MOSCOW — Laboring through sub-freezing temperatures, Russian rescue workers were digging into a sprawling heap of jagged rubble from a collapsed apartment building when one heard the faintest sound.
It was the sound of life.
On Tuesday, to everyone’s delight and surprise, they pulled a baby boy out of the rubble alive, nearly 36 hours after the disaster that blew apart his home. His father called it “a New Year’s miracle.”
The building collapse in the Russian city of Magnitogorsk before dawn Monday has killed at least nine people so far, and officials say 32 people who lived in the building have still not been accounted for.
The collapse followed an explosion that was believed to have been caused by a gas leak.
The boy, an 11-month-old named Ivan Fokin, was in extremely serious condition, officials said, with fractures, a head injury and suffering from hypothermia and frostbite after his ordeal in temperatures around minus 20 degrees Celsius (minus 4 degrees Fahrenheit).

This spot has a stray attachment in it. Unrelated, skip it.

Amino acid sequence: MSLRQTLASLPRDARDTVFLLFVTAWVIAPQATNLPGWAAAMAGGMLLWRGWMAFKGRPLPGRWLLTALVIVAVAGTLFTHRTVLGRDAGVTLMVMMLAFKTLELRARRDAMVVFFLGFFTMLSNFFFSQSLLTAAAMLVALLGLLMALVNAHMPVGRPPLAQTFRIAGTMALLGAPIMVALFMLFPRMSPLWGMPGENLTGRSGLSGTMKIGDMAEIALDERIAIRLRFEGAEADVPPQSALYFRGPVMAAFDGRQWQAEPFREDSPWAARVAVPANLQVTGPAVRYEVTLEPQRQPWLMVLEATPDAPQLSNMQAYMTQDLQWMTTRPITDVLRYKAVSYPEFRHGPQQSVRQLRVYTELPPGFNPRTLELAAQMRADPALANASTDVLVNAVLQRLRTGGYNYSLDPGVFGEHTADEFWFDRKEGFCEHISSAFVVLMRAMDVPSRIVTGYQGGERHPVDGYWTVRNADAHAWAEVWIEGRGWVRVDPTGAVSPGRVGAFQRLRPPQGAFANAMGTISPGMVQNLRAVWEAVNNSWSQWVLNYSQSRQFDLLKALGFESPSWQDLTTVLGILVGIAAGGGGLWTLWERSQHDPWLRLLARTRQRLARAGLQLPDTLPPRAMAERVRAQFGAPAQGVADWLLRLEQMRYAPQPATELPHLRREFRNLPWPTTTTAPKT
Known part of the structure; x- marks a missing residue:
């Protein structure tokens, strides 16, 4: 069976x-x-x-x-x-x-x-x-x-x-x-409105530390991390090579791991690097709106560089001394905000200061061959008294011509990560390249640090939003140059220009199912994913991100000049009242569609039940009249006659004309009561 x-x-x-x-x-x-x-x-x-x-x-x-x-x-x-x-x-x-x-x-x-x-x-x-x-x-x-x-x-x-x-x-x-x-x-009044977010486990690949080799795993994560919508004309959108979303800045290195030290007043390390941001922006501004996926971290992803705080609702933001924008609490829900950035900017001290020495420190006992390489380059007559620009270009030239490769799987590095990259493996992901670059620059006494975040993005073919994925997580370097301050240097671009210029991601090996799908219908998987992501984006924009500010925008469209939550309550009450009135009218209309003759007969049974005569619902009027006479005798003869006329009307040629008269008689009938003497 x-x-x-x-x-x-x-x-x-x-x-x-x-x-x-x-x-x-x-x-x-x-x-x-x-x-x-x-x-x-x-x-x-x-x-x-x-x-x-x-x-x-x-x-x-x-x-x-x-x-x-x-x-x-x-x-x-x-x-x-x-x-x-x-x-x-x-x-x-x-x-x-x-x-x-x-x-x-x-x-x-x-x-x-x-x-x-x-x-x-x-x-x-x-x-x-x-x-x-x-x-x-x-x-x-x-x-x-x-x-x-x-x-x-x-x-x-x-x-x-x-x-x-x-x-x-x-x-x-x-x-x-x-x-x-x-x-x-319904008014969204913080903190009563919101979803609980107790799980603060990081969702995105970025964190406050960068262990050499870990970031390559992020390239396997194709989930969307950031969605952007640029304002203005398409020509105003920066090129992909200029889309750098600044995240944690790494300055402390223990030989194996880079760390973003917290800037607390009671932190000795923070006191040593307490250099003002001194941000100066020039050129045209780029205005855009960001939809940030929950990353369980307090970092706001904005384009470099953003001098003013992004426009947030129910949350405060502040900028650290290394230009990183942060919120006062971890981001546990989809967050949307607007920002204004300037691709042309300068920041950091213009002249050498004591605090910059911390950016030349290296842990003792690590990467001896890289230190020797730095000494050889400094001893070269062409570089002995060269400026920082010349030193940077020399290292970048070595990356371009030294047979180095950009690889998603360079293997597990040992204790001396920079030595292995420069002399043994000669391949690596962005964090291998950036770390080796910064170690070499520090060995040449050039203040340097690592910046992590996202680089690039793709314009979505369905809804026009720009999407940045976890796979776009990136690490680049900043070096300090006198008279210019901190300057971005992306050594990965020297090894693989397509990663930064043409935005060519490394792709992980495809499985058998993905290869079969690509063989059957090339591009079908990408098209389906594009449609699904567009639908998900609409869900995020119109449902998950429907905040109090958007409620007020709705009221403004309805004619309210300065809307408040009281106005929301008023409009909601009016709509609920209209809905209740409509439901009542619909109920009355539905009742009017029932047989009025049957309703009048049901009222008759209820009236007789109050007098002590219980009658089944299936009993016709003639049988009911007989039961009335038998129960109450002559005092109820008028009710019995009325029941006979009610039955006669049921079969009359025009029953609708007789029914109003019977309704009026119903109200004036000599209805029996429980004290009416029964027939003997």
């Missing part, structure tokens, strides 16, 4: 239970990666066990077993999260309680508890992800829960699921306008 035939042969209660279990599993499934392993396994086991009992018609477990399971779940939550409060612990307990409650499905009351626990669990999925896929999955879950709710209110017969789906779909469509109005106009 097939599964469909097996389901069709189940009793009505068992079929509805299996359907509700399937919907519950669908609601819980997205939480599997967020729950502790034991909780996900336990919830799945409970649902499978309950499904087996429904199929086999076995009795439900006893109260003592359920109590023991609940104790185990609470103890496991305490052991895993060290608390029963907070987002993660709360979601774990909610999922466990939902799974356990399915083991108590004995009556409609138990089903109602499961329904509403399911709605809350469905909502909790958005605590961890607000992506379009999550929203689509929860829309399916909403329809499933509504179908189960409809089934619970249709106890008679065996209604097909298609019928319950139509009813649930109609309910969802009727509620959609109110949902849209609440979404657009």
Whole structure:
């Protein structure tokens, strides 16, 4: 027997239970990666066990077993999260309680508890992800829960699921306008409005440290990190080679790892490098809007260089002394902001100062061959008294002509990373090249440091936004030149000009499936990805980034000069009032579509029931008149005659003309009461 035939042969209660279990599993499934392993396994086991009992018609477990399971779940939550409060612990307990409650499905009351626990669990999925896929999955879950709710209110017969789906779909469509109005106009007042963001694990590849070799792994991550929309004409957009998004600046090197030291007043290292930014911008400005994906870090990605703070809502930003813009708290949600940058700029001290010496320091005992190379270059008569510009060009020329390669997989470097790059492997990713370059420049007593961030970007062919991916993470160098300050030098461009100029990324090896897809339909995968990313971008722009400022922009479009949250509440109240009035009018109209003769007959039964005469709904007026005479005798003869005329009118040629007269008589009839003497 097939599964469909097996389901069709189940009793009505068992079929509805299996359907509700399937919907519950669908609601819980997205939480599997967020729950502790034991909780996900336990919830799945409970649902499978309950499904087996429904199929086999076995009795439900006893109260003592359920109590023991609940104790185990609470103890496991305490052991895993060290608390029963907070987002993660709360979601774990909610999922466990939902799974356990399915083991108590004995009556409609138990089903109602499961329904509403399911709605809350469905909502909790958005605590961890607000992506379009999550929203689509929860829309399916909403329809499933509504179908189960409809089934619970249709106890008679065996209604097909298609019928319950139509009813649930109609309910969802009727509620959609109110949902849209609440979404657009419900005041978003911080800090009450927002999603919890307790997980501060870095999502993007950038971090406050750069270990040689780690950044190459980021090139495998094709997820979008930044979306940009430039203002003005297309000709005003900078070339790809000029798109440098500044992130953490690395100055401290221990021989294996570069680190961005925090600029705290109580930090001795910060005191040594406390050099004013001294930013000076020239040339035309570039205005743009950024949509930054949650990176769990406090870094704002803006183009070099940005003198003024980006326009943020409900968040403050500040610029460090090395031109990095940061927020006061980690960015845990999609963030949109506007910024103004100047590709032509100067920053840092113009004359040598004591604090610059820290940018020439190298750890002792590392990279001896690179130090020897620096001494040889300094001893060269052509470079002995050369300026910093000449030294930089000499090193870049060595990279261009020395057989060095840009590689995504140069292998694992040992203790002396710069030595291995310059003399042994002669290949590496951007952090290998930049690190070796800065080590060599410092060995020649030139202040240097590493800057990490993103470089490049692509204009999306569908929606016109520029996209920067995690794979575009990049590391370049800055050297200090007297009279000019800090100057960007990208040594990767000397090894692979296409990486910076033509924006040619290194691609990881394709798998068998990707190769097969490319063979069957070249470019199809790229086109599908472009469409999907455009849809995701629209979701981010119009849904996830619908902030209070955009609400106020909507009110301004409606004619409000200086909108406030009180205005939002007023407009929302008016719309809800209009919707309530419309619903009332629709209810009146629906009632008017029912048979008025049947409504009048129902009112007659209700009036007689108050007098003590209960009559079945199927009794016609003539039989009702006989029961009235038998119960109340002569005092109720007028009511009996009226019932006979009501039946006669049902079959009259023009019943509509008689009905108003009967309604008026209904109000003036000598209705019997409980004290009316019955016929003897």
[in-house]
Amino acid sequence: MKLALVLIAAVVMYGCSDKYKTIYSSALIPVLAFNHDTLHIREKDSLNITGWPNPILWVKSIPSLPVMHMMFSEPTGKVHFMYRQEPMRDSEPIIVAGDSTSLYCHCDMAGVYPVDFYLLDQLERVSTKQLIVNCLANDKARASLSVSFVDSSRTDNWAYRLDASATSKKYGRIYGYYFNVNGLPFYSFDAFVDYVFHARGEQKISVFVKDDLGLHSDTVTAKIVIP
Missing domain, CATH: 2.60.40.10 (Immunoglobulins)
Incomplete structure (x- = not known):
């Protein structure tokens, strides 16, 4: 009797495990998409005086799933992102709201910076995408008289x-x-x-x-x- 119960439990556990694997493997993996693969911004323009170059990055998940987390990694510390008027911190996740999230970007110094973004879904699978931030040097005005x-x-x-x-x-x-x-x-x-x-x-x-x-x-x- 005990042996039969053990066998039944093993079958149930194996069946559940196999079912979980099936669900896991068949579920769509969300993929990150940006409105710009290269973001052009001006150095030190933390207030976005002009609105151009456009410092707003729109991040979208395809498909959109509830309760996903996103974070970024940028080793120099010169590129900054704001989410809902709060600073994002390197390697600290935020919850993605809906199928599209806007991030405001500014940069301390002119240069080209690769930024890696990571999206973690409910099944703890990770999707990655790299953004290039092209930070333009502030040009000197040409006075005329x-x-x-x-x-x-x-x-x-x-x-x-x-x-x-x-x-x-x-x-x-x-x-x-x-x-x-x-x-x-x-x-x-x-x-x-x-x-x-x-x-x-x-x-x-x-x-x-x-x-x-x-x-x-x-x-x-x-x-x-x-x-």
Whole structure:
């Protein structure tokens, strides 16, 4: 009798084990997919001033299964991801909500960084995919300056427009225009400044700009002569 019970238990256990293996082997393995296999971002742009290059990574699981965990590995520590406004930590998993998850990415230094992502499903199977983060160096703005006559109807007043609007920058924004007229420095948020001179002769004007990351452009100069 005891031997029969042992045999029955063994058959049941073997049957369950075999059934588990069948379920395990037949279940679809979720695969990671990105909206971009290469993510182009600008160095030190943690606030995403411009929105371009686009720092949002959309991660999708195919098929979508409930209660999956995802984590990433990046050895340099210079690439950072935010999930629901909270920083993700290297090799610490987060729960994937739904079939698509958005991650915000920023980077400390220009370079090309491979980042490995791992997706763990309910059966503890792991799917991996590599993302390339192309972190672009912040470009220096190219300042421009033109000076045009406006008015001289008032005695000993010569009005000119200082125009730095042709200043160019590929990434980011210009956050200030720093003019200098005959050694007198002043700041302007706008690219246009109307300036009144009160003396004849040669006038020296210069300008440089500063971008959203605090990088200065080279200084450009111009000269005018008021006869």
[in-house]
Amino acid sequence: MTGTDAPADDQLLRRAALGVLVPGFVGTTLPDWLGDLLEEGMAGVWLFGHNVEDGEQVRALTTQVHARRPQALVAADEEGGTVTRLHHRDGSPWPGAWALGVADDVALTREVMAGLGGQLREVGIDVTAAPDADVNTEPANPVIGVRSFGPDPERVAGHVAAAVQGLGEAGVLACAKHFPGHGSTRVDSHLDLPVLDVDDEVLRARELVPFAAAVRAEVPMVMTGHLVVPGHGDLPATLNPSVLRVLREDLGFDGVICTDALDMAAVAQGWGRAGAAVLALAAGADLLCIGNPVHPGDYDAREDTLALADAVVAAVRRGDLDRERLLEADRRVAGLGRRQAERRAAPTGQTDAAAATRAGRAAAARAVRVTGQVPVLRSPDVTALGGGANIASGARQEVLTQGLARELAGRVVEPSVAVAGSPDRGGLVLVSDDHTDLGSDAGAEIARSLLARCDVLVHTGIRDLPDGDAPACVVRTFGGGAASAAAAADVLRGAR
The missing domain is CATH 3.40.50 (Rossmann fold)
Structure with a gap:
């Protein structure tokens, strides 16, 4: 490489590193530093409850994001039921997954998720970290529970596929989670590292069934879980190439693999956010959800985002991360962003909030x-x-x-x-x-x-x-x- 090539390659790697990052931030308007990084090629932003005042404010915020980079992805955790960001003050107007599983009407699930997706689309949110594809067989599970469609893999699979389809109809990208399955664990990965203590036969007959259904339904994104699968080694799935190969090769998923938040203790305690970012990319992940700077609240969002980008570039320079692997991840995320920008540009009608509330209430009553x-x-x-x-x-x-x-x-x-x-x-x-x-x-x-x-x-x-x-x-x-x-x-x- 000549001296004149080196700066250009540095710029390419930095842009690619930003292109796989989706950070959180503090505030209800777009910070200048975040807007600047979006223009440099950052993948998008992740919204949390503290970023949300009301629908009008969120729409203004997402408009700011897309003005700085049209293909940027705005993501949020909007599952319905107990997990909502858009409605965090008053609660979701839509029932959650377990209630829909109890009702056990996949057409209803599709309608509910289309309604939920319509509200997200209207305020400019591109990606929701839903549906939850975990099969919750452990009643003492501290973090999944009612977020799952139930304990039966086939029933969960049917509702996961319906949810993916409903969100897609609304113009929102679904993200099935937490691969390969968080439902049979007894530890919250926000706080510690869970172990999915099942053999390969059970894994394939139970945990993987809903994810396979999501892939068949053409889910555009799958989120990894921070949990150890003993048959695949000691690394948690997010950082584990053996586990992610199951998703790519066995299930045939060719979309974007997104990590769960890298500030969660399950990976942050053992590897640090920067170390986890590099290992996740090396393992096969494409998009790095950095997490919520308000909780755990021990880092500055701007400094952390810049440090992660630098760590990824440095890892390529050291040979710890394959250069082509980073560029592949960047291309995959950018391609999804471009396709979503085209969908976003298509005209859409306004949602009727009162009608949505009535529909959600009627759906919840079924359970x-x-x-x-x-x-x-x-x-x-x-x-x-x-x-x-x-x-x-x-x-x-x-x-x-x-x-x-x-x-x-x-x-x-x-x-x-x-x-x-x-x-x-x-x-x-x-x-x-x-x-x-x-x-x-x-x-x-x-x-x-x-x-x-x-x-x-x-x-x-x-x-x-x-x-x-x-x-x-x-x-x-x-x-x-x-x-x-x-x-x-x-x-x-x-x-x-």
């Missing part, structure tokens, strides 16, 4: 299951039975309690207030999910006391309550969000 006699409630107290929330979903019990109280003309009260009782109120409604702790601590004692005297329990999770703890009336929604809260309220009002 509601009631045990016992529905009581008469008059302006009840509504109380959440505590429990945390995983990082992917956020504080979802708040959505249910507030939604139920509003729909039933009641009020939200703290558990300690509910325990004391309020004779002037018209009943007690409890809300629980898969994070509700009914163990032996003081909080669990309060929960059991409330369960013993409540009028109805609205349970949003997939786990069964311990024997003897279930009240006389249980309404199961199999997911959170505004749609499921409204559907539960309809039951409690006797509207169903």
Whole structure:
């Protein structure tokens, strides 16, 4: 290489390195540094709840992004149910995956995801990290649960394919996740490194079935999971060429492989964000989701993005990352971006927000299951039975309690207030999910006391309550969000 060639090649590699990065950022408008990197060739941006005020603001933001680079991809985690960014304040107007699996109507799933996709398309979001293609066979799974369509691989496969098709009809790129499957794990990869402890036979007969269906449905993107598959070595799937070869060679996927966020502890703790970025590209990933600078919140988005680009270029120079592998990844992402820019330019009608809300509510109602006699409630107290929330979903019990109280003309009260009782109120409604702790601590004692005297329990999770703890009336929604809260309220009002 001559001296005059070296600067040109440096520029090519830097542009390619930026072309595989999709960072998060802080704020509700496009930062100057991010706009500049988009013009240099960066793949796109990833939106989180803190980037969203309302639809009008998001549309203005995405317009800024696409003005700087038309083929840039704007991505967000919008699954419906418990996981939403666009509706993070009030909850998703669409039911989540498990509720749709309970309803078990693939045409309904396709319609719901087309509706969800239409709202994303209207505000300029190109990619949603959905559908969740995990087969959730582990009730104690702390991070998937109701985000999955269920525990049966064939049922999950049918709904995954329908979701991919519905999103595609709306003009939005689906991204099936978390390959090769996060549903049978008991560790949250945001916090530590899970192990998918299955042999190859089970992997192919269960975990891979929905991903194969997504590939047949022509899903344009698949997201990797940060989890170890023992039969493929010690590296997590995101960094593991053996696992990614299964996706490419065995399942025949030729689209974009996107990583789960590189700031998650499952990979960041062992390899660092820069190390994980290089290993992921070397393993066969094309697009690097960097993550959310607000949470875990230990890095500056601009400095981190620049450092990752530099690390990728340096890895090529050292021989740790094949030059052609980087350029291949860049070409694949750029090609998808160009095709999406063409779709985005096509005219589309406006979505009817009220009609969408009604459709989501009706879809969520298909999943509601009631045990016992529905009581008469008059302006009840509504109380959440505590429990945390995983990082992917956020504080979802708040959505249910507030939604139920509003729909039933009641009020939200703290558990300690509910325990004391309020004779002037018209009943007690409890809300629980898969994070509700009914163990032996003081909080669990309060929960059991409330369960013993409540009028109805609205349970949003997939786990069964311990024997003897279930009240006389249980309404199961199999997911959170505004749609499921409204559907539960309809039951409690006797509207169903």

He was flown to Moscow late Tuesday in a desperate attempt to save his life. He was in stable condition on arrival in the capital, the head of the national public health institute Vladimir Uiba was quoted as telling state news agency Tass.
Although Ivan’s prospects for survival appeared dire, “it’s a New Year’s miracle,” his father Yevgeny was quoted as saying by the RT satellite TV channel.
The father was at work when his wife phoned to say the building had collapsed. She escaped the rubble with a 3-year-old son, Russian news reports said.
“I was sleeping on the couch with my older son, hugging him and the young one was sleeping in his baby bed,” mother Olga Fokina said on Russian TV. “I and the older one fell down and quickly got out and I didn’t know what happened to the baby bed afterward.”
Rescue worker Pyotr Gritsenko said on Russian television that baby’s discovery came after one of the crew heard faint cries.
“They stopped all the equipment. He began to cry louder,” but the crew couldn’t find him, he said. A search dog was brought in and confirmed that someone was under the rubble, focusing the rescue effort.